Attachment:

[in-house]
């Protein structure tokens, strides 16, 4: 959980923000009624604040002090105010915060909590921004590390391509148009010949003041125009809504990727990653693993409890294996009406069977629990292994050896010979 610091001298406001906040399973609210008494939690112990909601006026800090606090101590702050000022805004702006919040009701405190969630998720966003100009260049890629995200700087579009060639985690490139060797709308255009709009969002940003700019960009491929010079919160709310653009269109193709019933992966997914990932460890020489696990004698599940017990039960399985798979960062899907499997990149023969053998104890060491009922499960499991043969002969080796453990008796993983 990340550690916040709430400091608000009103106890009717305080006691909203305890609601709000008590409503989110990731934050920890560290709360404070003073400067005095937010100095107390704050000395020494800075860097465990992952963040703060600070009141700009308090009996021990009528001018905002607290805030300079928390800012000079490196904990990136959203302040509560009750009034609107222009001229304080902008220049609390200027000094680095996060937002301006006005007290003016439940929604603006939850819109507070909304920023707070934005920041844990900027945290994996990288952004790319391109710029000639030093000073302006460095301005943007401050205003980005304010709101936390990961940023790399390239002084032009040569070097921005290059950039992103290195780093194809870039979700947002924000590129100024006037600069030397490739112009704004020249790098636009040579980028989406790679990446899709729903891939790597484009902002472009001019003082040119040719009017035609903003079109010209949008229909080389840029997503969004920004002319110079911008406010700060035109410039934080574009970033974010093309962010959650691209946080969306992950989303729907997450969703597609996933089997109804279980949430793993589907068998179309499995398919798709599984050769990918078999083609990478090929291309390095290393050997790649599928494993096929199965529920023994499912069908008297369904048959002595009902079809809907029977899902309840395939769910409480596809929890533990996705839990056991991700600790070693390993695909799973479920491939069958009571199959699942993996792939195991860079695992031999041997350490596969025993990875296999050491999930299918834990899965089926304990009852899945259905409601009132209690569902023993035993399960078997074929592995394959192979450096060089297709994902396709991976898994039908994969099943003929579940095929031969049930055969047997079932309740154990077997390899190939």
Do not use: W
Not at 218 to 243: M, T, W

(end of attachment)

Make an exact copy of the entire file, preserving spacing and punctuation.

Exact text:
[in-house]
């Protein structure tokens, strides 16, 4: 959980923000009624604040002090105010915060909590921004590390391509148009010949003041125009809504990727990653693993409890294996009406069977629990292994050896010979 610091001298406001906040399973609210008494939690112990909601006026800090606090101590702050000022805004702006919040009701405190969630998720966003100009260049890629995200700087579009060639985690490139060797709308255009709009969002940003700019960009491929010079919160709310653009269109193709019933992966997914990932460890020489696990004698599940017990039960399985798979960062899907499997990149023969053998104890060491009922499960499991043969002969080796453990008796993983 990340550690916040709430400091608000009103106890009717305080006691909203305890609601709000008590409503989110990731934050920890560290709360404070003073400067005095937010100095107390704050000395020494800075860097465990992952963040703060600070009141700009308090009996021990009528001018905002607290805030300079928390800012000079490196904990990136959203302040509560009750009034609107222009001229304080902008220049609390200027000094680095996060937002301006006005007290003016439940929604603006939850819109507070909304920023707070934005920041844990900027945290994996990288952004790319391109710029000639030093000073302006460095301005943007401050205003980005304010709101936390990961940023790399390239002084032009040569070097921005290059950039992103290195780093194809870039979700947002924000590129100024006037600069030397490739112009704004020249790098636009040579980028989406790679990446899709729903891939790597484009902002472009001019003082040119040719009017035609903003079109010209949008229909080389840029997503969004920004002319110079911008406010700060035109410039934080574009970033974010093309962010959650691209946080969306992950989303729907997450969703597609996933089997109804279980949430793993589907068998179309499995398919798709599984050769990918078999083609990478090929291309390095290393050997790649599928494993096929199965529920023994499912069908008297369904048959002595009902079809809907029977899902309840395939769910409480596809929890533990996705839990056991991700600790070693390993695909799973479920491939069958009571199959699942993996792939195991860079695992031999041997350490596969025993990875296999050491999930299918834990899965089926304990009852899945259905409601009132209690569902023993035993399960078997074929592995394959192979450096060089297709994902396709991976898994039908994969099943003929579940095929031969049930055969047997079932309740154990077997390899190939």
Do not use: W
Not at 218 to 243: M, T, W